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Writing to SQL

insert, update, upsert, and delete. Even in bulk!


We support writing to most SQL databases with a GUI. We give you a GUI since we don't want you to accidentally drop your tables. The GUI lets you insert rows, update rows, delete rows, etc., and all in bulk too, if you're into that sort of thing.

To enable write access, you'll need to set up a database user with write permission, and add it to Retool with the "allow this connection to write back to database" option.

Use a separate resource for writes

When you enable the "allow this connection to write back to database" option, the resource will only show the GUI, which means you can't use the same resource for reading and writing. You should have a separate resource for reading data. Ideally, the credentials are read-only.

(Currently - if the credentials support writing, you're able to write raw SQL statements - including ones that affect the database. This will probably change in future versions of Retool.)

Enabling writes on a specific datasource will show a write-only GUI (see next screenshot).

Enabling writes on a specific datasource will show a write-only GUI (see next screenshot).

Then, when you want to write back to the database, make sure to select the correct datasource (the datasource for writing to a database is different from the one reading from it), and use our GUI to construct the query:

Updating the rating for a record in the `purchases` table by looking it up by `id`, and refreshing `purchases` once complete.

Updating the rating for a record in the purchases table by looking it up by id, and refreshing purchases once complete.

Write queries can't be previewed

We don't let you preview write queries by default. But if you really want, you can hook up a button to run and preview it. Watch out - writes are dangerous!

Now, when the query is fired (eg. when you click a button), the query will run and modify your existing database.

Bulk updates

When evaluating a SQL update, upsert, or delete, we first filter out the rows the query could affect by looking at the "filter by" section:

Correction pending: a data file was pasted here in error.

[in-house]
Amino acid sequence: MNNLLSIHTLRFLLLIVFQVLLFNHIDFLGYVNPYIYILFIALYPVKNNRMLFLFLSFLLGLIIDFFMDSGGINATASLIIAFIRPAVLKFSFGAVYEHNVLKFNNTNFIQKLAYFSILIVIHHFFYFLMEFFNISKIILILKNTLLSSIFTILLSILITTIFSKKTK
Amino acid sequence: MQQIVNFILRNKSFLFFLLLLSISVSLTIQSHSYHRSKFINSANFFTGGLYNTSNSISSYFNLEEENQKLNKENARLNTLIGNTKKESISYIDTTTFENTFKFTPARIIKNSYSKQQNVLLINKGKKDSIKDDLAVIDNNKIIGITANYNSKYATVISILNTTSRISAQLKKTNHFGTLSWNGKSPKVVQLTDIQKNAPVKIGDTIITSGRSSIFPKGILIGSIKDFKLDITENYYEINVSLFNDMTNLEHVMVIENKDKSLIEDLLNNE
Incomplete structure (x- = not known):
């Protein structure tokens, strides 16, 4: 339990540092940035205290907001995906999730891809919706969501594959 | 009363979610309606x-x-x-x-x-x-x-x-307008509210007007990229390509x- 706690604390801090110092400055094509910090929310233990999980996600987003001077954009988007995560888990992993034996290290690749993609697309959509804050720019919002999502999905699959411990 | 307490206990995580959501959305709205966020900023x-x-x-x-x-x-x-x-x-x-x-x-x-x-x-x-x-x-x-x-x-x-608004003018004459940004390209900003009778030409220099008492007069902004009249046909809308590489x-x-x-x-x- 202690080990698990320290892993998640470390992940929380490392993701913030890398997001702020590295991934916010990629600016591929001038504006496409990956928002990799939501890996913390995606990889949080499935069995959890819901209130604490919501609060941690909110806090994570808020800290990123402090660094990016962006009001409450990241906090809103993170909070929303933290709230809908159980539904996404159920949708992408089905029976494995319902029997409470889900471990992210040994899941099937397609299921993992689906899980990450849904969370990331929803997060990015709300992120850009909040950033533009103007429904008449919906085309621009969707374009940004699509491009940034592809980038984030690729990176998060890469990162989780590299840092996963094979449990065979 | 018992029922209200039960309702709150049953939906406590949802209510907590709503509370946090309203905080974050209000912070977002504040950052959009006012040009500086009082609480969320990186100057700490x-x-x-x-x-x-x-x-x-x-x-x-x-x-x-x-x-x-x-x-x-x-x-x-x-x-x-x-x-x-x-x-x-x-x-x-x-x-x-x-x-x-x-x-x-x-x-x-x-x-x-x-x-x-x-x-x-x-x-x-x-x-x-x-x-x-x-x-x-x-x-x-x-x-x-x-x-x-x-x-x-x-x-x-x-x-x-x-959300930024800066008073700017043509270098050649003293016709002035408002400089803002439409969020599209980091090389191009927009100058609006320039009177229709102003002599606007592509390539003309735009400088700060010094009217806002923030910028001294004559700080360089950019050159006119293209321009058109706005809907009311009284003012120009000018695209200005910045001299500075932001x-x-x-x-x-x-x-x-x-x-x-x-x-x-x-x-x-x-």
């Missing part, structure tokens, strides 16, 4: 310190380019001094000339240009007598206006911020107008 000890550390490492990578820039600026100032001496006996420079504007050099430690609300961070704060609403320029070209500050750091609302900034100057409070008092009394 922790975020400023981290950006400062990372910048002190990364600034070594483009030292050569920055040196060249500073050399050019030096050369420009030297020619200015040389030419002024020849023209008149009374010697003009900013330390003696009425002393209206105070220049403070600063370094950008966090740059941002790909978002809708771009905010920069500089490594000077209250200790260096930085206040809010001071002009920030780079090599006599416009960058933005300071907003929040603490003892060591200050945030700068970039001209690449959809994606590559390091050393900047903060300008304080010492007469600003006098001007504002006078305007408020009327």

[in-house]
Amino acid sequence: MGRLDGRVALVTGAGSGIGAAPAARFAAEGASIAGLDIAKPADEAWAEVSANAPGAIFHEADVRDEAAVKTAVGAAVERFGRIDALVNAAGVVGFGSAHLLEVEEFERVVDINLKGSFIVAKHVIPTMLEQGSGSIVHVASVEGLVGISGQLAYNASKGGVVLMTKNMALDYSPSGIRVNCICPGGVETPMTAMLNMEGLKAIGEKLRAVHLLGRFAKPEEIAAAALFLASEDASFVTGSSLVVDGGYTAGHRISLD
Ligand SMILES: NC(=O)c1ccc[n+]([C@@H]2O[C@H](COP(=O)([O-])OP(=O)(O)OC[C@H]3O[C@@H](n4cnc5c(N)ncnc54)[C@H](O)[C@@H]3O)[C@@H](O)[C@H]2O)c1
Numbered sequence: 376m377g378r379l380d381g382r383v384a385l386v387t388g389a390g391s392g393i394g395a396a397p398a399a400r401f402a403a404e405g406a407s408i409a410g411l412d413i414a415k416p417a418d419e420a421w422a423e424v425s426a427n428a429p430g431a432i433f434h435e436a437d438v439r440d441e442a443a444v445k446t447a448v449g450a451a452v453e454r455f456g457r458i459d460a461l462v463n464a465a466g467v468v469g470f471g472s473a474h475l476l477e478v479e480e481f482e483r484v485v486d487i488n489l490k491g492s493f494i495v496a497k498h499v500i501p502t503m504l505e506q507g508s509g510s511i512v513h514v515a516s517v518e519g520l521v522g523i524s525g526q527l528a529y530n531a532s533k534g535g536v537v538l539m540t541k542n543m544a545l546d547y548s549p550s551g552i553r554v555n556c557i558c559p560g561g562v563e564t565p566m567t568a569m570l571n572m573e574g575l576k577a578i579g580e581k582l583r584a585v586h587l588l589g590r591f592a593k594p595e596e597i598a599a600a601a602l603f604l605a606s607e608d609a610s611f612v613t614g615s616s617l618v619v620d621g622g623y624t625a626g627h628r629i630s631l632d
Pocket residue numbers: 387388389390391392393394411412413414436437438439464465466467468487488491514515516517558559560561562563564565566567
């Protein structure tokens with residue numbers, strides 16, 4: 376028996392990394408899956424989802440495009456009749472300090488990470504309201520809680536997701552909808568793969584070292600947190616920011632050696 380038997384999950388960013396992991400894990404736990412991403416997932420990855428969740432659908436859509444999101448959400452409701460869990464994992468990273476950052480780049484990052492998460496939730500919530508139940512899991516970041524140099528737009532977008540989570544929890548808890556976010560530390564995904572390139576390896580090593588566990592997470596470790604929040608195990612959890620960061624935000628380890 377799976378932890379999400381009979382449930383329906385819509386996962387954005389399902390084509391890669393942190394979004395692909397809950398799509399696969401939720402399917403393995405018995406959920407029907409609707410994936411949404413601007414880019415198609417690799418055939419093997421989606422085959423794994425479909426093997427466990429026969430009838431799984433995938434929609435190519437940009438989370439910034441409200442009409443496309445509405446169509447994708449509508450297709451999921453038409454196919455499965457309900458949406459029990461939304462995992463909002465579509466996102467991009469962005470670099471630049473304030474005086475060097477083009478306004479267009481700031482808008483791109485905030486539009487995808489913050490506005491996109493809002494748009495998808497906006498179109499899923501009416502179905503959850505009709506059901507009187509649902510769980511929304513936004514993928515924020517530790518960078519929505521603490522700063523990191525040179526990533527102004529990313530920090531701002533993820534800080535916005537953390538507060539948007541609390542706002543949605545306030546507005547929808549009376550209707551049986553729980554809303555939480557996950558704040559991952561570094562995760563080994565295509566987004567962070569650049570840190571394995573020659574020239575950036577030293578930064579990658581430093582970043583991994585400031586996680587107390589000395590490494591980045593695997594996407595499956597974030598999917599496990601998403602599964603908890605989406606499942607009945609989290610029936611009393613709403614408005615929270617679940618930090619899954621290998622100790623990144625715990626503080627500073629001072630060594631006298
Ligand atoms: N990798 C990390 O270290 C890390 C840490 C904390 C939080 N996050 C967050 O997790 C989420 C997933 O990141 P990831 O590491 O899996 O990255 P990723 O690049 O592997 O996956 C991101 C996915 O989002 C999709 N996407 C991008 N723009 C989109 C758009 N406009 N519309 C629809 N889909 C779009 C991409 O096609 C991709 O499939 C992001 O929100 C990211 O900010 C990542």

The `filter by` section.

The filter by section.

If the results of the filter by contain more than one row, we'll let you know and refuse to run the query. If you intended to update multiple rows, though, you can check the "allow this query to modify multiple rows" checkbox:

If it's an update or upsert, this'll let you update multiple rows. If you're deleting rows, we'll only let you delete up to 200 in one go.

Bulk updates via a primary key

If you would like to make a bulk update to your database, (e.g., you have a CSV that contains the new name for a set of users) - you can use Retool to perform the update for you. An example of this is shown below

In this example, Retool will first ensure that the ProductID column is a unique key in the database table. If it is a unique key, then it will iterate through the array and for each member, it will merge the new values with the existing database record. In this case, it will update the product with id = 680 to have the new color of Red and update the product with id of 706 to the color of Green


  • The entire statement runs in a single transaction. If an error occurs in any of the updates, the transaction is rolled back with no effect on the database
  • The query will timeout automatically after thirty seconds to prevent long running transactions from interfering with other database queries.

Bulk upserts via a primary key

This works like "Bulk updates via a primary key" (above), but allows you to insert new records at the same time by including objects with new primary keys in the "Array of records to update with" field.

Updated 2 months ago

Writing to SQL

insert, update, upsert, and delete. Even in bulk!

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